NEW YORK (Reuters) - The Trump administration's highly anticipated tax plan spurred modest flows into funds that profit from higher interest rates and inflation, Lipper data showed on Thursday, but that resurgent "Trump trade" did not boost stocks.

The White House outlined a proposal last week that would provide $5.99 trillion in tax cuts, according to the first detailed analysis of the plan by the non-profit Washington-based Tax Policy Center.

"If they can get this tax plan passed it would revive inflation because we would get growth," said Pat Keon, senior research analyst for Thomson Reuters' Lipper research unit.

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The arrival of a plan that could swiftly boost corporate profits was not enough to galvanize reticent investors to buy stocks. U.S.-based equity mutual funds and exchange-traded funds (ETFs) posted $1 billion in outflows during the week ended October 4, according to Lipper, curbing withdrawals of $9.7 billion the week prior.

But fund flows showed flashes of the "reflation," or "Trumpflation," trade that drove financial markets after Donald Trump's surprise U.S. presidential election victory last November. Trump's promised tax overhaul initially sparked predictions that debt-fueled economic growth and inflation could rise, pushing the U.S. Federal Reserve to accelerate interest rate hikes.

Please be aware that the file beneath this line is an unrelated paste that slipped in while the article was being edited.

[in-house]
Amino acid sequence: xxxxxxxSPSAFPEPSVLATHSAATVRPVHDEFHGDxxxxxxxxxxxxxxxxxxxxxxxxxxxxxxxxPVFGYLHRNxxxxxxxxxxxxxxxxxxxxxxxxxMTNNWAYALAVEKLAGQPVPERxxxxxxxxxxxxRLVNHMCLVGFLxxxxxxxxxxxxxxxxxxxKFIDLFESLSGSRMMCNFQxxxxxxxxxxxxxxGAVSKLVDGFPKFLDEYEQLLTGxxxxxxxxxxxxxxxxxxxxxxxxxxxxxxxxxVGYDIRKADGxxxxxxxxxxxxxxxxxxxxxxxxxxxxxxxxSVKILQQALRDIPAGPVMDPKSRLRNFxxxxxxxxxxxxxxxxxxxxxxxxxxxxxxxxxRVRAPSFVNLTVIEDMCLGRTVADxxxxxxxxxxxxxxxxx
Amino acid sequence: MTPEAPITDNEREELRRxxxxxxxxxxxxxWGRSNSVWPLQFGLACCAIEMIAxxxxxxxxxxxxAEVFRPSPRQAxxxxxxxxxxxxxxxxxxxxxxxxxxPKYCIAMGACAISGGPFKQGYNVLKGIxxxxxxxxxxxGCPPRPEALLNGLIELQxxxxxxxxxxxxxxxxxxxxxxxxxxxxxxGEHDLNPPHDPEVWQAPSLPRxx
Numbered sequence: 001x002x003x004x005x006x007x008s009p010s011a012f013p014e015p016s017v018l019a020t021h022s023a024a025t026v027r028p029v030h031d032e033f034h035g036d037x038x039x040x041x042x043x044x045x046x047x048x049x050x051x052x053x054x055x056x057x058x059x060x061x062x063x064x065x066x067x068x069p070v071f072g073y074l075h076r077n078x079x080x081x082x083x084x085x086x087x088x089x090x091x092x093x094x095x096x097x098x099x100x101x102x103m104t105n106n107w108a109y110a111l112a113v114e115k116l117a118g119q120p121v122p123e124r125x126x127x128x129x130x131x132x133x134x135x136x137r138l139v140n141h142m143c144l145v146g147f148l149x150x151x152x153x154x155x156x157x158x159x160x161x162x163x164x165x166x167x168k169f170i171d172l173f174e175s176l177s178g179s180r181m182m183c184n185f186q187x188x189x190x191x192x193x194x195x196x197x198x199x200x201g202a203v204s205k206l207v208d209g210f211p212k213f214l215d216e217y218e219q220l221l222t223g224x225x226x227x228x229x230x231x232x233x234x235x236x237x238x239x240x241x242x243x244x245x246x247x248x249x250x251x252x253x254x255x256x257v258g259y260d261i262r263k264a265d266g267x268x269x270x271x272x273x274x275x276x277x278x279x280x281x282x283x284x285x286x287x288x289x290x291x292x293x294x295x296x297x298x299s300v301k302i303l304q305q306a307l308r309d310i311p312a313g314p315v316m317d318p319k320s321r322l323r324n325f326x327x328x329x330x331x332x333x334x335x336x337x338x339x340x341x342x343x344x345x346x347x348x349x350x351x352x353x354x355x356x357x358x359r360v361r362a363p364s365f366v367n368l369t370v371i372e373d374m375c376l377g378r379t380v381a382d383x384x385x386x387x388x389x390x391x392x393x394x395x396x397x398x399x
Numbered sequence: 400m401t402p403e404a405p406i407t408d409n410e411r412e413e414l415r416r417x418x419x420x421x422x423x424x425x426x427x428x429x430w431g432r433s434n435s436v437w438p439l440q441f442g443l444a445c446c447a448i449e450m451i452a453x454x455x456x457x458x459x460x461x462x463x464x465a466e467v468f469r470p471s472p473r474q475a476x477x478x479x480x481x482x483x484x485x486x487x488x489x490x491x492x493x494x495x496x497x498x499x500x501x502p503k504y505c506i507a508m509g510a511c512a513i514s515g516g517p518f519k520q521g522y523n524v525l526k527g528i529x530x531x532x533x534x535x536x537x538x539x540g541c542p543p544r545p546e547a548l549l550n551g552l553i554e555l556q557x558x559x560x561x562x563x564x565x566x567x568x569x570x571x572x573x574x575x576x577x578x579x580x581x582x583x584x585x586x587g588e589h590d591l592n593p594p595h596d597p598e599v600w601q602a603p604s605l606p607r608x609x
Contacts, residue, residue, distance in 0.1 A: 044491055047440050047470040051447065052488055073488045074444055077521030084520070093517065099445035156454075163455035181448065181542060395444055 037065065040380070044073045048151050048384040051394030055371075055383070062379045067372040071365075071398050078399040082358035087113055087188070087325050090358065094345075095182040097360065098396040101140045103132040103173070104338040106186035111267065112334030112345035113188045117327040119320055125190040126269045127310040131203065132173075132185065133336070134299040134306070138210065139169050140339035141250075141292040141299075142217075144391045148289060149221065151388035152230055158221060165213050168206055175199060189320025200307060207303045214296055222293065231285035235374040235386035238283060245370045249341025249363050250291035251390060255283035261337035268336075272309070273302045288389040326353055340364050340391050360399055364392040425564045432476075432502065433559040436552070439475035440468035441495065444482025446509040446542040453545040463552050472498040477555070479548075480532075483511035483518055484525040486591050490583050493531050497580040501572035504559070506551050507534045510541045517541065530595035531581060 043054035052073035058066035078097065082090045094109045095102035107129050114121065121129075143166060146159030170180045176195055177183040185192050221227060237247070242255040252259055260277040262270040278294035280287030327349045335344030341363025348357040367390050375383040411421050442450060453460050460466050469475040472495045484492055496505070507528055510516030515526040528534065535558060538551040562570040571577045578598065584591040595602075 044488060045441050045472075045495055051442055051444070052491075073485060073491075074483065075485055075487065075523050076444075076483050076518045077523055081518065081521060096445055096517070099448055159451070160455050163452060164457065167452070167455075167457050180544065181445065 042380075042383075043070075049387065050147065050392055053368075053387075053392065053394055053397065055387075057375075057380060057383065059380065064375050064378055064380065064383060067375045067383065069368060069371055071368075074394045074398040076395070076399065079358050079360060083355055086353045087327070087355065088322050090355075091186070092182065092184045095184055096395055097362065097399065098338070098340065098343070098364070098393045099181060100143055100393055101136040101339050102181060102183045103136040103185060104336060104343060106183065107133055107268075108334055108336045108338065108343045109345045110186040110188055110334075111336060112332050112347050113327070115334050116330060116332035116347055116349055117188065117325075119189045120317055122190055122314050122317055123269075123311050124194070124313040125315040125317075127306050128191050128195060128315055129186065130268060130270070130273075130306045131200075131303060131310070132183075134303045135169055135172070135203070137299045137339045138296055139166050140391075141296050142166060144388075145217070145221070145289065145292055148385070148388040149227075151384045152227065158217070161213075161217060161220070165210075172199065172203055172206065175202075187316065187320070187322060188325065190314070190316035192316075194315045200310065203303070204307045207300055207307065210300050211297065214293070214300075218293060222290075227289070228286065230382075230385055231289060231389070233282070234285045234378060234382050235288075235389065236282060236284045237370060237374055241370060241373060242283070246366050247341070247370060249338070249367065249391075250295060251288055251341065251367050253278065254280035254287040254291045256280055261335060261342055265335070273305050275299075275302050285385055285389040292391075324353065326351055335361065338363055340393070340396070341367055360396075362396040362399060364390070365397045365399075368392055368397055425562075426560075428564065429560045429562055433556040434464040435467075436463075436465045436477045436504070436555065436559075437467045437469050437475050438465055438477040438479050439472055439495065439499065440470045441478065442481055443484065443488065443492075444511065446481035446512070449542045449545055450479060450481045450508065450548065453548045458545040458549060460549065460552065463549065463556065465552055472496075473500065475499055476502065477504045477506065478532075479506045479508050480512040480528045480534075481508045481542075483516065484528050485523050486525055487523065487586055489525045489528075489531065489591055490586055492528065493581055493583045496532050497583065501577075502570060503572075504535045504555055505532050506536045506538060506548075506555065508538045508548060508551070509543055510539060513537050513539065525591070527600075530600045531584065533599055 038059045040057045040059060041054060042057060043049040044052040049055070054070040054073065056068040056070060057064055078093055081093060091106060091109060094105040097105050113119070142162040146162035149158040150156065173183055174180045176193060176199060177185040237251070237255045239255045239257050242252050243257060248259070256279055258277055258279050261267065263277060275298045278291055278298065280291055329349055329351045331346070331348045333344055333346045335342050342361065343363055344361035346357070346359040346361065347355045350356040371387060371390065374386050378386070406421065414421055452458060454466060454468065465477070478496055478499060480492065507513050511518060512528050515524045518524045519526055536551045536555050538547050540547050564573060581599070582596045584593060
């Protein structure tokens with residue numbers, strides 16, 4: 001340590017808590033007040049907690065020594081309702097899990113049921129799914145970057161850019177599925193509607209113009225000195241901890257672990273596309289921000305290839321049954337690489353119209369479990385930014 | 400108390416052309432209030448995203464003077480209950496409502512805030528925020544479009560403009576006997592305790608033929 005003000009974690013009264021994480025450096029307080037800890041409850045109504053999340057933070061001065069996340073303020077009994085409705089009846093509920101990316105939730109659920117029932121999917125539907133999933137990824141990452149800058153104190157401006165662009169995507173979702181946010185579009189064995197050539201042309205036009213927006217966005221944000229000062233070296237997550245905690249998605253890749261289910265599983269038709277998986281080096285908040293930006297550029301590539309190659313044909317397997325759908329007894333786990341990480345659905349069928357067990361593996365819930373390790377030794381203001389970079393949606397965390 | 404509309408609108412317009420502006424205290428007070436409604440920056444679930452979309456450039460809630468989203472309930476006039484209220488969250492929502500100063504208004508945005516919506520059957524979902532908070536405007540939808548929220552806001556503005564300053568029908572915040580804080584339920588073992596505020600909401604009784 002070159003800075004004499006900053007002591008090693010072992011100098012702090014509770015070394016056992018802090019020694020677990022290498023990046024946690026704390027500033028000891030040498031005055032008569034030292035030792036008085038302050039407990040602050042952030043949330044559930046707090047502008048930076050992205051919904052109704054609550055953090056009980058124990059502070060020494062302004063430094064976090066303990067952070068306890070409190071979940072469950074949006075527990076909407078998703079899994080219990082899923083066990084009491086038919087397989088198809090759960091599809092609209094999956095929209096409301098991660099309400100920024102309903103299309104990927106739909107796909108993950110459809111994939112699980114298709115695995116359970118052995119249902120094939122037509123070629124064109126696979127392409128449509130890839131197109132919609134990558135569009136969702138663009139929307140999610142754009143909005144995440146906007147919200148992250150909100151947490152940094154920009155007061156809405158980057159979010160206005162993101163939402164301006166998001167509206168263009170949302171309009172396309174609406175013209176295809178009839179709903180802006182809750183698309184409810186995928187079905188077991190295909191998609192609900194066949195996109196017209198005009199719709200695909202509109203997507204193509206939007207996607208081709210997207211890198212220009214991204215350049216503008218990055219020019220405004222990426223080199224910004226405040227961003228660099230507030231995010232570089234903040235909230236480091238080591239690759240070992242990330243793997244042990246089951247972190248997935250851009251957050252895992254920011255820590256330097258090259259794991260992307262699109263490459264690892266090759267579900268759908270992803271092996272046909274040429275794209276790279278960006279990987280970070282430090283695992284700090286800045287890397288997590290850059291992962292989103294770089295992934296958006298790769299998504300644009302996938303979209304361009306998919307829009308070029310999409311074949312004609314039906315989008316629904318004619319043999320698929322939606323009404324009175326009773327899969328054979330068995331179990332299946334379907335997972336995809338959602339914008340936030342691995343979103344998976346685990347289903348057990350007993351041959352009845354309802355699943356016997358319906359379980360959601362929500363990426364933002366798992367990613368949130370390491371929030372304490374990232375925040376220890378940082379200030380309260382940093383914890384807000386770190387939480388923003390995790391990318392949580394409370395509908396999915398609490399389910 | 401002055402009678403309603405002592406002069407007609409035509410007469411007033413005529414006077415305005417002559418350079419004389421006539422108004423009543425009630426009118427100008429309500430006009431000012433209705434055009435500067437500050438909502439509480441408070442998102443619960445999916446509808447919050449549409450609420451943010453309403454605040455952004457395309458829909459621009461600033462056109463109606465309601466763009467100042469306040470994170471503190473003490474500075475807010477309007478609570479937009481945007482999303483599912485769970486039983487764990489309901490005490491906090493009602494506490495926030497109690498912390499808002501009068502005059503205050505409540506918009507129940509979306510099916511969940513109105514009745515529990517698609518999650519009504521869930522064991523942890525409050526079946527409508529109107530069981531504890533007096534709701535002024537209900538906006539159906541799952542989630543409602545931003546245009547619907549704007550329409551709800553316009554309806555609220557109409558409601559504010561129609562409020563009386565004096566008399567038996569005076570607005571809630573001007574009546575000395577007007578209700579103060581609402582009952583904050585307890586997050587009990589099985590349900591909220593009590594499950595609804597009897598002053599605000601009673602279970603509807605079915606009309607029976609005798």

Bond funds invested in government debt that pays out more when inflation rises - which include Treasury Inflation-Protected Securities, or TIPS - attracted $432 million during the week, the most since March. Loan-participation funds, which buy debts that yield more as rates rise, attracted $369 million, the most since June. And financial sector funds pulled in $1.4 billion, marking the largest week of inflows since July, according to Lipper. Banks can earn more in interest from customers when rates are higher.

Yields on 30-year benchmark U.S. government bonds rose from 2.77 on September 26 to 2.89 on Thursday. And the Fed has signaled an expectation to raise the federal funds rate it controls one more time this year. [FED/AHEAD]

Rate-sensitive Treasuries and real estate posted outflows during the week. The government bond funds posted $270 million in withdrawals, while the real estate sector funds posted $524 million in outflows, the most withdrawn since June, according to Lipper. Safe-haven precious metals commodities funds posted $333 million in withdrawals, the first week of outflows since August.

Overall, taxable bond funds attracted $4 billion during the latest week, marking a 13th straight week of inflows, Lipper data for U.S.-based funds showed on Thursday.

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(Reporting by Trevor Hunnicutt; Editing by Jennifer Ablan and Cynthia Osterman)